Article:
• Cole Feix

Spiritual Calories and Spiritual Leadership




One of the hardest things to get used to when I was working as a summer camp counselor was getting enough food. I know this sounds counterintuitive but the first few days of staff training the men’s staff would have universally agreed - three meals is not enough. After running around playing sports, painting every rail high and low, trimming trees, and spending the afternoon on the lake, every meal felt like the end of a 40-day fast.


Even as a pretty athletic college student, working out each day and bricking up a few shots from behind the arc at the Colvin on the weekends, my day-to-day life in Stillwater paled in caloric comparison to corralling 12 campers 24-7 in Branson. I wasn’t in any danger of playing college sports, but I remember the guys who did had the hardest time reaching their weight and strength goals over the summers.


The scramble every summer to get enough calories was a reminder of a simple principle: more out, more in.


I remember being struck by the similarities when I left ministry for a year to write my dissertation and get So We Speak off the ground. I used to joke that for a year I was a retired pastor. But whereas before I was spending almost an hour each day in the word, studying, being filled, and getting fed, I realized I was being filled much more easily after I left.


Slowly, I started to realize it was taking significantly less time and less material to sustain my spiritual life. I don’t mean this to say that my soul was any less vibrant during that season. At first, I was really embarrassed about this. I worried that I might be missing something. Am I drifting? Am I backsliding? Have I lost my first love?


But as time went on, I was doing what I’d always done before - I’ve always found George Mueller’s maxim to be the goal of my time in the mornings: read and pray until your soul is happy in God - it was just taking less time.


As I prayed about it and talked to a few other people I knew in ministry, I started to understand what was happening. To return to the athletic metaphor, being in ministry can feel like the morning after a half marathon - sometimes two or three days a week. Stretching out tired hamstrings and sore knees can take a while. As you take on more spiritual leadership, whether that’s in full-time ministry or in different seasons at home and at work, you might incur some spiritual soreness. You’ll certainly notice your tank running dry sooner than you expect.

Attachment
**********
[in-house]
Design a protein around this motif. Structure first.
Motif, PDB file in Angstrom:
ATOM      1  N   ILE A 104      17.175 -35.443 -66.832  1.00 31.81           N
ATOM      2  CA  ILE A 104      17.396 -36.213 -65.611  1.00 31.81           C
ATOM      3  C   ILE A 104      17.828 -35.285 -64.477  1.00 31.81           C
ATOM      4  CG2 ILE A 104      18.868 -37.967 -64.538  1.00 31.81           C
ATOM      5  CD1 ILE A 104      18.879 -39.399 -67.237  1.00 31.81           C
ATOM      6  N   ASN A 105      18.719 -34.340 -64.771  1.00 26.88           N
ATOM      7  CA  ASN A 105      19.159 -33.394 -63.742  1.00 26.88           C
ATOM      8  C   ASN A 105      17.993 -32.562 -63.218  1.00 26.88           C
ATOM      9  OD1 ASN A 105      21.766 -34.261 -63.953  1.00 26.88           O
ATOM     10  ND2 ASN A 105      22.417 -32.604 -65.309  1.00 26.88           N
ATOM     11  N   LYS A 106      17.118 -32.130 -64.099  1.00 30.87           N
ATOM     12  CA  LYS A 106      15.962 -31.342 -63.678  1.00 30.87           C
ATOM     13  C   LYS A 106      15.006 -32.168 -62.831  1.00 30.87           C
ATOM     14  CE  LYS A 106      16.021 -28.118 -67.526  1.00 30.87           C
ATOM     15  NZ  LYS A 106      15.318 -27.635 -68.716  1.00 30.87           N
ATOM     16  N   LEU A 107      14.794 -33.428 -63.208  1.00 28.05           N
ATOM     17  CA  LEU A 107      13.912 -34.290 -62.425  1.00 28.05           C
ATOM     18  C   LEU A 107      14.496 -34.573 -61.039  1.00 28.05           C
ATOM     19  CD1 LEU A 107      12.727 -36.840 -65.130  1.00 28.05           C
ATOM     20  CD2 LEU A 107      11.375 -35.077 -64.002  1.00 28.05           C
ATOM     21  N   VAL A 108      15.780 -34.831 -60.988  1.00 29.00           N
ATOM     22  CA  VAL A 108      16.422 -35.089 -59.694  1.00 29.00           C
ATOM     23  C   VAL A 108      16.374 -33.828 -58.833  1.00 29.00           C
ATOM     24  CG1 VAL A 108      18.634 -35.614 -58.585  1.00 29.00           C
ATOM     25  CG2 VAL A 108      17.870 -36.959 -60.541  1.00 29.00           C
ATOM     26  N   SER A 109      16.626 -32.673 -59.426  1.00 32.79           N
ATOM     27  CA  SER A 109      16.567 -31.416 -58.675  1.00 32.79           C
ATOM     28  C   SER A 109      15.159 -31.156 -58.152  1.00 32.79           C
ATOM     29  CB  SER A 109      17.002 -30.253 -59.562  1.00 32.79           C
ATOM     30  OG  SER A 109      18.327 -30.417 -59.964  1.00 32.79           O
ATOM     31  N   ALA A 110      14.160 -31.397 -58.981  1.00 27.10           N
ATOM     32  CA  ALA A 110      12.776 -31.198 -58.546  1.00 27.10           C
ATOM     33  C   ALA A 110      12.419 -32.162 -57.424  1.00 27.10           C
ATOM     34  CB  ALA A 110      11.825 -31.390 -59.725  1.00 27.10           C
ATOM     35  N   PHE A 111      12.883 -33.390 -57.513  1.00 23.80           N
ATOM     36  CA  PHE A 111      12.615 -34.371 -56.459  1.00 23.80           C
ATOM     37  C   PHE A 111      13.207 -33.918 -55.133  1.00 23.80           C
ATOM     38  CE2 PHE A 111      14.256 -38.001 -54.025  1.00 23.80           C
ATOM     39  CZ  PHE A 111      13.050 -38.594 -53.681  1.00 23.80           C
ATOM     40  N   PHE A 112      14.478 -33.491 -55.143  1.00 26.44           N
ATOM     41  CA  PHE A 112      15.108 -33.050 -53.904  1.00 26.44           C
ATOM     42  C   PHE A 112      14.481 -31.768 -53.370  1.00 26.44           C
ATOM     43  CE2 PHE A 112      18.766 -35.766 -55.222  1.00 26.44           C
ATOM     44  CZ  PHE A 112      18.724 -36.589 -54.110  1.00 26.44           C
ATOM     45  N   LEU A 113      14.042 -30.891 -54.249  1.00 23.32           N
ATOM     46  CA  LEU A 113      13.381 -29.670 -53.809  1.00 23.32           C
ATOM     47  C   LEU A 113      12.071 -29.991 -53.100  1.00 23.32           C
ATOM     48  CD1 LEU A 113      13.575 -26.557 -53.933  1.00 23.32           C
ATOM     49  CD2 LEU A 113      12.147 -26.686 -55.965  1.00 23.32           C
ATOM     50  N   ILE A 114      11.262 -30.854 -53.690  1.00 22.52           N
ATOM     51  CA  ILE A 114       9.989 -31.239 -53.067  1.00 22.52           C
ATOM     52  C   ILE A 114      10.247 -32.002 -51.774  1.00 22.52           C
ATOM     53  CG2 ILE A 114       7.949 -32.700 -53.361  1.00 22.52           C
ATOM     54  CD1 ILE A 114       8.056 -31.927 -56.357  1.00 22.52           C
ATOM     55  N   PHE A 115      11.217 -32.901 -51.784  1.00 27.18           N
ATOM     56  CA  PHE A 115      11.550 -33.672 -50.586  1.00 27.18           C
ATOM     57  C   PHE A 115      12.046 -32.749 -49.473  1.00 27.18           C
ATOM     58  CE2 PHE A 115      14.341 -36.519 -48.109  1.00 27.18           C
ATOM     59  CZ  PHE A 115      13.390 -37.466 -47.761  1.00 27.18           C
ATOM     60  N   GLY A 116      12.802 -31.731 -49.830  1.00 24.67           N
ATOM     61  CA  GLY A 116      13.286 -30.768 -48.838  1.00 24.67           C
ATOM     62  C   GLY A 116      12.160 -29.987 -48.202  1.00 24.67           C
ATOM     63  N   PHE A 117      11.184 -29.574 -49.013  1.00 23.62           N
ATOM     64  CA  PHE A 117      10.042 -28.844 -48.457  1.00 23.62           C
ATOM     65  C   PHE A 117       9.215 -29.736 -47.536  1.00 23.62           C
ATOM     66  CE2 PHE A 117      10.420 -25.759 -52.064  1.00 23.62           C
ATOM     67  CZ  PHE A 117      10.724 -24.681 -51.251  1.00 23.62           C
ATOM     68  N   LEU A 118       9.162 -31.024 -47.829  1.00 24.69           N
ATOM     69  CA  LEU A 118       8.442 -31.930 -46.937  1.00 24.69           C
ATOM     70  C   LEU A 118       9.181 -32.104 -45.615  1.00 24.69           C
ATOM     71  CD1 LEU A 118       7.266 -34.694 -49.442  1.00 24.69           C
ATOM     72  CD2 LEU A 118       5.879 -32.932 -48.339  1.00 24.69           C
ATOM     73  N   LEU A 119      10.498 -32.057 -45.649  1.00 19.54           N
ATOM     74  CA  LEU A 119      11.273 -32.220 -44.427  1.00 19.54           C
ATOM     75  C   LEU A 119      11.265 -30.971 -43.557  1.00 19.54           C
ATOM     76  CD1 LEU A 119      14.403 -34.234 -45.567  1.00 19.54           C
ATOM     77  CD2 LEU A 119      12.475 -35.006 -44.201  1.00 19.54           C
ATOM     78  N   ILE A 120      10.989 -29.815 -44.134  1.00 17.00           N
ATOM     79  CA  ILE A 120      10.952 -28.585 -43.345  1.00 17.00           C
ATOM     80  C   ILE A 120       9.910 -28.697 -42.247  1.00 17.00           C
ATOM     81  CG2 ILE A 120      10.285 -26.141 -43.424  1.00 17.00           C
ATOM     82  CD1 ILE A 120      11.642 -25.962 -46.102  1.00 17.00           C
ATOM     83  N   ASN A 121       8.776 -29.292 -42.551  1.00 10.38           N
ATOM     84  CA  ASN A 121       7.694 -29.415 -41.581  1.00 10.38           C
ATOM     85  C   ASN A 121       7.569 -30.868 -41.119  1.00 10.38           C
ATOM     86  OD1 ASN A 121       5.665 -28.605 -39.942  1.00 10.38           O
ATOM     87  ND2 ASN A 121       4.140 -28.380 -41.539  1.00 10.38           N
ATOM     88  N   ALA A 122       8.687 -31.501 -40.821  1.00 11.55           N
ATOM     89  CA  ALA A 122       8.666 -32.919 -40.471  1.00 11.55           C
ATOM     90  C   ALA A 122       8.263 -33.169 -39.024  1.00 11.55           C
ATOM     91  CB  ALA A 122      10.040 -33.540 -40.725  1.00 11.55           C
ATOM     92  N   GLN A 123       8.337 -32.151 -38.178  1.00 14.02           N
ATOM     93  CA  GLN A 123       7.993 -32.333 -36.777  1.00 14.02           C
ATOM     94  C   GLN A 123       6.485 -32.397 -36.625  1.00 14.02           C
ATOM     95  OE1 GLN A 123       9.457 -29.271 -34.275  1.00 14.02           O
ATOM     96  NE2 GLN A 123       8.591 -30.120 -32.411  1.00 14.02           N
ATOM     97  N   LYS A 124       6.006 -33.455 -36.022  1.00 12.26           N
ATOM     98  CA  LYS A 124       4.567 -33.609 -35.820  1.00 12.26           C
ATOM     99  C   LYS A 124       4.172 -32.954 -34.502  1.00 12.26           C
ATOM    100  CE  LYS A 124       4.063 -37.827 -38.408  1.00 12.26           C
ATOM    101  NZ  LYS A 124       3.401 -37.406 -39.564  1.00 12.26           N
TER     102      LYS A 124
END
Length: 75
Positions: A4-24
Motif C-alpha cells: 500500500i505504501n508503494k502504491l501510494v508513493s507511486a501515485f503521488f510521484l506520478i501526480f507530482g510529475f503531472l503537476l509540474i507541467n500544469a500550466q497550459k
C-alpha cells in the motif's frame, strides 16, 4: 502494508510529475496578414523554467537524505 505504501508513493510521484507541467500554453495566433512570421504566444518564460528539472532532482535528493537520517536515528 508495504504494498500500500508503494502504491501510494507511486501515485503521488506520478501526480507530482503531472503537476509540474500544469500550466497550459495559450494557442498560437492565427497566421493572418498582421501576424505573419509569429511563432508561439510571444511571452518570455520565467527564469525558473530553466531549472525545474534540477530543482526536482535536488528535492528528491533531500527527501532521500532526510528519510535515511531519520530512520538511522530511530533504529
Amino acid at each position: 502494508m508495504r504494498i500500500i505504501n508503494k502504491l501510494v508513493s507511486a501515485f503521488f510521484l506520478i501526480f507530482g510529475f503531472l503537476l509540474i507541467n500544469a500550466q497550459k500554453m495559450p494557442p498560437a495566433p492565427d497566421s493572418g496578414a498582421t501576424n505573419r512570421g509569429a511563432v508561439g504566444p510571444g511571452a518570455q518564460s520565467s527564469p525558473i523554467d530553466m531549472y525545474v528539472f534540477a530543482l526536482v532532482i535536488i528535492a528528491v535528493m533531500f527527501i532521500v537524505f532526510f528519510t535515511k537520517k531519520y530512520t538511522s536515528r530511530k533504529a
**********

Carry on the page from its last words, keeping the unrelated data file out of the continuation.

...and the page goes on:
Here’s what I learned. Your spiritual output is fueled by your spiritual input. More out, more in. If you’re stepping into a new role of leadership, devote more time to prayer, invite more accountability, make it your goal to commune with God, and find your joy and resolve in him.


The pernicious flip-side of this principle is the busier you are the harder it is to get your spiritual nourishment. It's much easier to spend less time with God when you're in ministry. One of the great dangers in teaching, preaching, and shepherding is that holy things begin to feel ordinary. Time constraints, frustrations, sin, laziness, and other excuses pop up. Over time they become more persuasive.


One of the devil's most successful strategies is to give Christian leaders a false sense of inertia. It’s easy to think that by working at a church, in a Christian environment, or being surrounded by other believers, you’ll grow by osmosis. Unfortunately, the opposite is true. This is the way to spiritual starvation.


Charles Spurgeon, a spiritual hemi if there ever was one, knew the principle of spiritual calories. He quoted one of his heroes, Martin Luther, who said, “I have so much business to do today, that I shall not be able to get through it with less than three hours’ prayer.” Spurgeon added, “Now most people would say, ‘I have so much business to do today that I must only have three minutes’ prayer; I cannot afford the time.’ But Luther thought that the more he had to do the more he must pray, or else he could not get through it. That is a blessed kind of logic: may we understand it!”(1)


This is a blessed logic and a helpful principle for Christian leaders: more out, more in.


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(1) C. H. Spurgeon, “Degrees of Power Attending the Gospel,” in The Metropolitan Tabernacle Pulpit Sermons, vol. 11 (London: Passmore & Alabaster, 1865), 502.



Cole Feix is the founder and president of So We Speak and the Senior Pastor of Carlton Landing Community Church in Oklahoma.

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